Saturday morning I had the opportunity to meet some more of the folks who read my posts as they showed up in force outside the gate to take the Tara façade tour. Before we head inside the big gate I usually thank the folks for coming and, by showing up and paying their fee, establishing the worth of such a tour. Yes, it is that simple, when people open their wallets and hand over some of their hard earned cash they are saying (with their money) that they feel the presentation is worth the cost.
But it seems no matter how many folks we have visiting our site on a regular basis and reading my posts on facebook and on the blog site at savingtara.com,….there are still those who don’t know (or believe) that Tara still exists. They seem to be totally clueless to the story of how the Tara façade was shipped to Atlanta in 1960 and how the plans for a museum didn’t pan out and so Tara was stuffed into a barn north of Atlanta for twenty years until it was bought by the wife of Senator Herman Talmadge (Ms. Betty) and she brought it to her farm in Lovejoy and began the work of restoring the front door, inventorying the other pieces and campaigning for a museum to house both it and the Fitzgerald House that she acquired not long after Tara.
Not knowing this wonderful tale even though it wasn’t done in secret. Desi Arnaz and Lucille Ball sent Tara packing in 1959 so they could build the set for Hogan’s Heroes. When Tara arrived in the care of its new owner (Julian Foster) the movers and shakers in Atlanta threw a big welcome home banner outside the state capital and they all made a speech. When Ms. Betty bought the Tara façade from Foster and moved it in 1980 she did not do it under cover of darkness. And although she did not advertise it since there was no fence around her property and no lock on the dairy barn at that time, she had the front door restored and loaned to the Atlanta History Center for the 50th anniversary celebration of the Premier of the movie in Atlanta,….another moment captured by the media (just google it). And the media coverage did not stop there for there was always a required story and rehashing of events when another suitor from an “Historical Society” tried and failed to buy the façade and set up a museum.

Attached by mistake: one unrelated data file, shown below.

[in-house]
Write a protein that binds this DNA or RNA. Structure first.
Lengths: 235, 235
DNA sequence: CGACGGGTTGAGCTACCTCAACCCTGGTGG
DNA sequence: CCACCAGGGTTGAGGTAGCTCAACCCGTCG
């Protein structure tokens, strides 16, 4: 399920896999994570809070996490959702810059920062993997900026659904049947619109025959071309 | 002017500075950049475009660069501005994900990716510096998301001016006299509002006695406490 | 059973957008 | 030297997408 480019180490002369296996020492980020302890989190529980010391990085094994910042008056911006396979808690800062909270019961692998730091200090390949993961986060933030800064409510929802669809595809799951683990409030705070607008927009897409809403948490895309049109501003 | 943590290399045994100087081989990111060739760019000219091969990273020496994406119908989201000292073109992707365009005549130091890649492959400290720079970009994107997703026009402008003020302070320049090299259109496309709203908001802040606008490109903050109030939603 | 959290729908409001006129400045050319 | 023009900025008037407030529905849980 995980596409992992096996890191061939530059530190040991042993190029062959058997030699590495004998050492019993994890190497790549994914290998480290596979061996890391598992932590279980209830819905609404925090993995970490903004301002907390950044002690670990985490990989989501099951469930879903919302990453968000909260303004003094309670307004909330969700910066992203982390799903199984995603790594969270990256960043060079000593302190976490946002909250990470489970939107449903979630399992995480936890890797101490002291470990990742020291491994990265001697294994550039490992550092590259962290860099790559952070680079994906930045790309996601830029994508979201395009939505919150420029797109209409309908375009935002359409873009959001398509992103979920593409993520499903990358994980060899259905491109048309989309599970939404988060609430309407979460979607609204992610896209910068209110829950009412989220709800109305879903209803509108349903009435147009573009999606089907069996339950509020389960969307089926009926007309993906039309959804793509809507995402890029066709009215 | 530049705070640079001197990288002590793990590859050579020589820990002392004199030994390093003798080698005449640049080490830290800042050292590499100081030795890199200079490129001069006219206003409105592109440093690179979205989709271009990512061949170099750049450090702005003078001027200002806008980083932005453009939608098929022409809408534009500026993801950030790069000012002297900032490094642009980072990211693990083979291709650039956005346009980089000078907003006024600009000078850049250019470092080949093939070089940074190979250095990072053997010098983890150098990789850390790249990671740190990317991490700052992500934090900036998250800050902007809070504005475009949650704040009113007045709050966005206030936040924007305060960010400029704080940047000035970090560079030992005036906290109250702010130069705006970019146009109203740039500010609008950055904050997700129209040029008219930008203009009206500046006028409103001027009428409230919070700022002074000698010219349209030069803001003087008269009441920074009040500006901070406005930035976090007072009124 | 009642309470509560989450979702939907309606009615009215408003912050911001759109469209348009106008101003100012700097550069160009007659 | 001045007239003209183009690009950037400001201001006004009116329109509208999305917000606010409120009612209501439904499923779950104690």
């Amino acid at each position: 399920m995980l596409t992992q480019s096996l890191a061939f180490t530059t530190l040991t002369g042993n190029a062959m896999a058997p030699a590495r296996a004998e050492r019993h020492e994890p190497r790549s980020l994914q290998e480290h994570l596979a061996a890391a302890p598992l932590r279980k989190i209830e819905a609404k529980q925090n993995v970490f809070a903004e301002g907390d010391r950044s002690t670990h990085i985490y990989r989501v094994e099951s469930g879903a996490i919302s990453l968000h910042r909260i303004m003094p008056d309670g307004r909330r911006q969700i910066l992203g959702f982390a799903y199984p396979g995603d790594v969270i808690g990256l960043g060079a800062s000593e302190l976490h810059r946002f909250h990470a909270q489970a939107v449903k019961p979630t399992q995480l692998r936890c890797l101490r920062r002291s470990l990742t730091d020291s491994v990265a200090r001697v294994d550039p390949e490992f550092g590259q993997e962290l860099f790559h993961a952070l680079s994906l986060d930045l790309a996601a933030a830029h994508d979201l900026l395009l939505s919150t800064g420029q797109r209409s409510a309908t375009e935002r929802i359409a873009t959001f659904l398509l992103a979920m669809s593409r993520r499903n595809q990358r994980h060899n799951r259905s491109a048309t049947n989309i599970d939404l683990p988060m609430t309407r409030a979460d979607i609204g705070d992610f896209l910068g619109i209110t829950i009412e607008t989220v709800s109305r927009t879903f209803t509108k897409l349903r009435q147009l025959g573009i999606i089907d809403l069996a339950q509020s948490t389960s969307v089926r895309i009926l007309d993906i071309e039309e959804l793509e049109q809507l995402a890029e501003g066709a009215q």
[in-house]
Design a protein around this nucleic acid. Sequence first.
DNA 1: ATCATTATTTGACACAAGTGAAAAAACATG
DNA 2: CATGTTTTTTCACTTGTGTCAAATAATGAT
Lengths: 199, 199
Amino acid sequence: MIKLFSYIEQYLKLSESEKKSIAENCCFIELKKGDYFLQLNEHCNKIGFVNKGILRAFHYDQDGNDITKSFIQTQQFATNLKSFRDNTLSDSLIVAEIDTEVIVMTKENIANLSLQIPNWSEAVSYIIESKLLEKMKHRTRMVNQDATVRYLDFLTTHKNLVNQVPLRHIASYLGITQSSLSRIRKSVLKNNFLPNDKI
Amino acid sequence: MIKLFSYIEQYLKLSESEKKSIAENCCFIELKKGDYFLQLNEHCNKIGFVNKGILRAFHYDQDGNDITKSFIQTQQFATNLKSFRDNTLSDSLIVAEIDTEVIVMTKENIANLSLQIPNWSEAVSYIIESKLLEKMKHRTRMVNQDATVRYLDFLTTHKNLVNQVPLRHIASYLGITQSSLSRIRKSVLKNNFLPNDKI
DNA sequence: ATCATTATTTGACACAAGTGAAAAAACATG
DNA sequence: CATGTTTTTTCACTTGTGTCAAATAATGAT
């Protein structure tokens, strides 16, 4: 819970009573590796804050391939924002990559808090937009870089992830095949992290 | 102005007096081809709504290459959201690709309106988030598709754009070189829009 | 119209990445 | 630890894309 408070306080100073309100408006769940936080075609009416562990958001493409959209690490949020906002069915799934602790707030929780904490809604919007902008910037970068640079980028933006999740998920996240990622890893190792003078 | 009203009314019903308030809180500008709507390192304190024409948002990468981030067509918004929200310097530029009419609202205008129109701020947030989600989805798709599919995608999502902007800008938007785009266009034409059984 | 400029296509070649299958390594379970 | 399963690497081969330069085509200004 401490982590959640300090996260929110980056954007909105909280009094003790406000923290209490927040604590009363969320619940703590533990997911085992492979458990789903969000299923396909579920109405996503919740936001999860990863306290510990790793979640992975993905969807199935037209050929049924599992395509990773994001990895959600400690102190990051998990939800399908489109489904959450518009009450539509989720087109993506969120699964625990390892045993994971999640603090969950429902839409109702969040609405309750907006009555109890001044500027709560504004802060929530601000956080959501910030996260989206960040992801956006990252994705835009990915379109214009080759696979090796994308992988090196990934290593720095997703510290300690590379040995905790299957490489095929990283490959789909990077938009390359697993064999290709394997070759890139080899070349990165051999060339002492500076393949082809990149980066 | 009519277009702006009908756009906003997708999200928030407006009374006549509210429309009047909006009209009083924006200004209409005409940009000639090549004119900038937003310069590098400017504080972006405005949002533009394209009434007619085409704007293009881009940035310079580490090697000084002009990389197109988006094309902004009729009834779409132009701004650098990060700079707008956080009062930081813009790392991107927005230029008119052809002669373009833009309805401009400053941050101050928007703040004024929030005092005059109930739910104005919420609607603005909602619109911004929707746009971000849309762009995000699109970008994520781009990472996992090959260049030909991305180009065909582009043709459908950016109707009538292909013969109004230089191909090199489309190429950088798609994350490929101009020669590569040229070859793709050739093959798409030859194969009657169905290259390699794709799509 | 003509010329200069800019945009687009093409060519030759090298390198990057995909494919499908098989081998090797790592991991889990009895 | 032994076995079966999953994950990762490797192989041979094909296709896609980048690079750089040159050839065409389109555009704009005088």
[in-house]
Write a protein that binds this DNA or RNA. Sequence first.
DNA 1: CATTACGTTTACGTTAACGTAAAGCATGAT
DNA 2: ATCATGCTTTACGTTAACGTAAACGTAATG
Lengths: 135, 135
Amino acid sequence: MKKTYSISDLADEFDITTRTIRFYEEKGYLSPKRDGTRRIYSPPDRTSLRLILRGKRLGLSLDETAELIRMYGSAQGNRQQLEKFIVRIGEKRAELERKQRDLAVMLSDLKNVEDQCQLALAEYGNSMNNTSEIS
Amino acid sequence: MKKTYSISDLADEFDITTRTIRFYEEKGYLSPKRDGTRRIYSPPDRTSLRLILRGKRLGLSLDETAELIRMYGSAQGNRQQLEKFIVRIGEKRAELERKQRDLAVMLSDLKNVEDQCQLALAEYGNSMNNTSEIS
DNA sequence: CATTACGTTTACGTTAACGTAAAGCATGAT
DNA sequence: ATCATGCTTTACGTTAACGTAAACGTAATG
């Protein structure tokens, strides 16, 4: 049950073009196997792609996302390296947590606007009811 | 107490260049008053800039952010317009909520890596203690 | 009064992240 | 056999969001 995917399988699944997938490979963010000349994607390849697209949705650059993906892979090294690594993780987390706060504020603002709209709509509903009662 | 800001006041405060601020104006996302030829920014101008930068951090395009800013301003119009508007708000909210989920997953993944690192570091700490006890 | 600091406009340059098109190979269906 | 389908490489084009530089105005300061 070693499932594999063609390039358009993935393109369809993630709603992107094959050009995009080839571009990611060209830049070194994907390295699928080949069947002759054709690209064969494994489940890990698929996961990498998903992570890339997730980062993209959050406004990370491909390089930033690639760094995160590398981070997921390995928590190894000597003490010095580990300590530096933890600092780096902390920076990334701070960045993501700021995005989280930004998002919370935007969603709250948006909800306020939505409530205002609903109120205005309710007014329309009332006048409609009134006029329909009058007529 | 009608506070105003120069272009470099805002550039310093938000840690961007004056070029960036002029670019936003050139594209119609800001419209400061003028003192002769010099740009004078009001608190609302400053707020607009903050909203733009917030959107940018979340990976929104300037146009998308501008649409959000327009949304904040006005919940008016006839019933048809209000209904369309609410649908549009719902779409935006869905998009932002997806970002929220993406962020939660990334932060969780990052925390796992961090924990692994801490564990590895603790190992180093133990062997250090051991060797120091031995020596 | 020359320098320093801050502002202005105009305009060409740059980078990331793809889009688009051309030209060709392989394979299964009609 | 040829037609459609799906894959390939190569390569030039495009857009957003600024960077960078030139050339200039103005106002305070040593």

Over the years the Talmadge Plantation has played host to dignitaries and Kings and on many occasions they wanted to travel down to the barn to look on the iconic set. In fact just the other day I played host to a group that included one of Ms. Betty’s staff who remembered being at a party on the grounds and looking up to see Lucille Ball and her husband (Gary Morrison) enjoying a walk amongst the magnolias. So, as I have stated to the vast group of media inquiries that I have fielded since I began my work on the facade, “this was the worst kept secret in Atlanta”.
But how do we change that? Do we require the government to march everyone down to the court house and recite the tale of Tara? Do we get a bunch of protestors to block traffic somewhere with the hope that enough bad press will give us good press,….and thus notoriety? Or do we just continue to share the story to whomever will listen and do we film the story so that it can be seen around the world?
Well my course (for as long as I have the helm) is to keep writing these missives and sharing the tales, film the façade in all angles and tell the story so that the world can hear, and be entertained and inspired by the passion that reached from the battlefields of Atlanta, to the heart and hands of a native daughter who created a story worthy of a Hollywood blockbuster.
There is but one more tour scheduled over the next few months and it is next Saturday, August 22 at 9:00 AM. I hope many of you will take advantage of it by contact me at firstname.lastname@example.org or thru facebook.